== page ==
Crystal and electron microscopy structures of Sticholysin II actinoporin reveal insights into the mechanism of membrane pore-formation

José M. Mancheño, Martín Martínez-Ripoll & Juan A. Hermoso

Departamento de Cristalografía y Biología Estructural, Instituto "Rocasolano", CSIC, Serrano 119, 28006-Madrid, Spain.

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Pore-forming proteins (PFPs) show the remarkable property of existing in at least two definite states. They are synthesised as stable water-soluble monomeric molecules that assemble into oligomeric pores to lyse target cells upon interaction with a membrane. The mechanism of action of PFPs involves protein-membrane interactions, protein-protein interactions, and a special protein folding pathway underlying the conformational transition from the water-soluble state to the membrane-bound form. PFPs are nowadays considered suitable experimental systems for elucidating the mechanisms of membrane binding, assembly and insertion. StnII is an actinoporin produced by the anemone Stichodactyla helianthus (order Actiniaria), currently classified as a transmembrane solute transporter from the pore-forming equinatoxin family 1.C.38. Actinoporins are PFPs displaying similar molecular masses (~20kDa) and high isoelectric points (pI´s > 9.0), related to each other in amino acid sequence (~66-85% identity), and presumably sharing a common mechanism of pore-formation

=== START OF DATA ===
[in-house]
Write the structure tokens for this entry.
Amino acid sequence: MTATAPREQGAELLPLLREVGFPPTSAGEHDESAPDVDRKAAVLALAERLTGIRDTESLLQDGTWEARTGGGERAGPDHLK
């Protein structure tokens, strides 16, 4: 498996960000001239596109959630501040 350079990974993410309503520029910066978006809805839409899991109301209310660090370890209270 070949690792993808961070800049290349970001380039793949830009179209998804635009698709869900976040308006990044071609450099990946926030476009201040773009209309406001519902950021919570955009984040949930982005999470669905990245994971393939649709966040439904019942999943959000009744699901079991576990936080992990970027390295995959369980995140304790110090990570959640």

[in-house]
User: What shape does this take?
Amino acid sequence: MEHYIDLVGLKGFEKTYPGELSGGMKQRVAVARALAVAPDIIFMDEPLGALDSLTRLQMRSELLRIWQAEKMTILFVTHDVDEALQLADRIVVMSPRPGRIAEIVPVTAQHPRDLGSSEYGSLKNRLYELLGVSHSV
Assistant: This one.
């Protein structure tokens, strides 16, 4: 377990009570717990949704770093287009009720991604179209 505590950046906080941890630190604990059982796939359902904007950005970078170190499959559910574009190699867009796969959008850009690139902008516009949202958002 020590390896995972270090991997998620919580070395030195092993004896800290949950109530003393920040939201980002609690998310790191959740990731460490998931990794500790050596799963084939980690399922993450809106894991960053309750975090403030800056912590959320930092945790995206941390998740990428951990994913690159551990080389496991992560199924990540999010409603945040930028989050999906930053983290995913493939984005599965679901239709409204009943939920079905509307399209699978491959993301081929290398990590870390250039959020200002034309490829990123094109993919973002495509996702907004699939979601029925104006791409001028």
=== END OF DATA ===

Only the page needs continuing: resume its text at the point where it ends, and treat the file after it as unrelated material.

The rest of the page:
Water-soluble Stn2

The resulting structure is based on a beta-sandwich fold composed of ten beta-strands, flanked on each side by two short alpha-helices (Figure 1).The analysis of the Stn II structure revealed the striking presence of an exposed cluster of aromatic amino acids composed of Tyr106, Trp110, Tyr111, and Trp114 (coming from the loop comprised between strands b6 and b7), and Tyr131, Tyr135 and Tyr136 from helix a2. These residues are known to have affinity for the membrane interface.

Phosphocholine binding-site